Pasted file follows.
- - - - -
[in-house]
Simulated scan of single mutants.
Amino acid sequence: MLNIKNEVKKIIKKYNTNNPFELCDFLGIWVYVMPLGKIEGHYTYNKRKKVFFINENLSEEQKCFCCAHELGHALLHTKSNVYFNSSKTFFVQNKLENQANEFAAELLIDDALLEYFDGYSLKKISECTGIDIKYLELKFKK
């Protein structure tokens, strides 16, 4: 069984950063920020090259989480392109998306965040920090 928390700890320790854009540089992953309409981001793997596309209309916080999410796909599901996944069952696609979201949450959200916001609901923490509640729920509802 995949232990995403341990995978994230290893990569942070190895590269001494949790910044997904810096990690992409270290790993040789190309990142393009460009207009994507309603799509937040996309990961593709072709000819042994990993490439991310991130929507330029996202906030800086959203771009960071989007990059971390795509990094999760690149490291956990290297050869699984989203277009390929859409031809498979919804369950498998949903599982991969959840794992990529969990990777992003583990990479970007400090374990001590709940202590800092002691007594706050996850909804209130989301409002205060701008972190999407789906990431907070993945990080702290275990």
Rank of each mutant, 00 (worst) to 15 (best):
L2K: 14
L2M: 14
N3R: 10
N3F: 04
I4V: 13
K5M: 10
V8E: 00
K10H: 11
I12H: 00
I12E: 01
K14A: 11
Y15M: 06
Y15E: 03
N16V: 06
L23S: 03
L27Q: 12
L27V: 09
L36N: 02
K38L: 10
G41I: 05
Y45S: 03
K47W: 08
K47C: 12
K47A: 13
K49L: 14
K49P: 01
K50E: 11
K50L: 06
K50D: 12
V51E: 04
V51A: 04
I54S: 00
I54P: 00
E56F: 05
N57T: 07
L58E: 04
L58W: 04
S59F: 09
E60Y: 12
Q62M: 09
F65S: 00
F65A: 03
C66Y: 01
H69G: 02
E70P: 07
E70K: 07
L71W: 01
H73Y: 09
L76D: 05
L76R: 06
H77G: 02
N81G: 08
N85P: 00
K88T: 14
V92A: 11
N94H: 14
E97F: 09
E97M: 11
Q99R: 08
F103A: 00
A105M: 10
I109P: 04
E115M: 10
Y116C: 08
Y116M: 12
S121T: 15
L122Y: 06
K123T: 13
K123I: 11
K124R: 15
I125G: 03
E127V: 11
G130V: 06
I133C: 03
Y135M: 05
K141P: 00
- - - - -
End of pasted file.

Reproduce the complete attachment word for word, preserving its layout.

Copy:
[in-house]
Simulated scan of single mutants.
Amino acid sequence: MLNIKNEVKKIIKKYNTNNPFELCDFLGIWVYVMPLGKIEGHYTYNKRKKVFFINENLSEEQKCFCCAHELGHALLHTKSNVYFNSSKTFFVQNKLENQANEFAAELLIDDALLEYFDGYSLKKISECTGIDIKYLELKFKK
């Protein structure tokens, strides 16, 4: 069984950063920020090259989480392109998306965040920090 928390700890320790854009540089992953309409981001793997596309209309916080999410796909599901996944069952696609979201949450959200916001609901923490509640729920509802 995949232990995403341990995978994230290893990569942070190895590269001494949790910044997904810096990690992409270290790993040789190309990142393009460009207009994507309603799509937040996309990961593709072709000819042994990993490439991310991130929507330029996202906030800086959203771009960071989007990059971390795509990094999760690149490291956990290297050869699984989203277009390929859409031809498979919804369950498998949903599982991969959840794992990529969990990777992003583990990479970007400090374990001590709940202590800092002691007594706050996850909804209130989301409002205060701008972190999407789906990431907070993945990080702290275990």
Rank of each mutant, 00 (worst) to 15 (best):
L2K: 14
L2M: 14
N3R: 10
N3F: 04
I4V: 13
K5M: 10
V8E: 00
K10H: 11
I12H: 00
I12E: 01
K14A: 11
Y15M: 06
Y15E: 03
N16V: 06
L23S: 03
L27Q: 12
L27V: 09
L36N: 02
K38L: 10
G41I: 05
Y45S: 03
K47W: 08
K47C: 12
K47A: 13
K49L: 14
K49P: 01
K50E: 11
K50L: 06
K50D: 12
V51E: 04
V51A: 04
I54S: 00
I54P: 00
E56F: 05
N57T: 07
L58E: 04
L58W: 04
S59F: 09
E60Y: 12
Q62M: 09
F65S: 00
F65A: 03
C66Y: 01
H69G: 02
E70P: 07
E70K: 07
L71W: 01
H73Y: 09
L76D: 05
L76R: 06
H77G: 02
N81G: 08
N85P: 00
K88T: 14
V92A: 11
N94H: 14
E97F: 09
E97M: 11
Q99R: 08
F103A: 00
A105M: 10
I109P: 04
E115M: 10
Y116C: 08
Y116M: 12
S121T: 15
L122Y: 06
K123T: 13
K123I: 11
K124R: 15
I125G: 03
E127V: 11
G130V: 06
I133C: 03
Y135M: 05
K141P: 00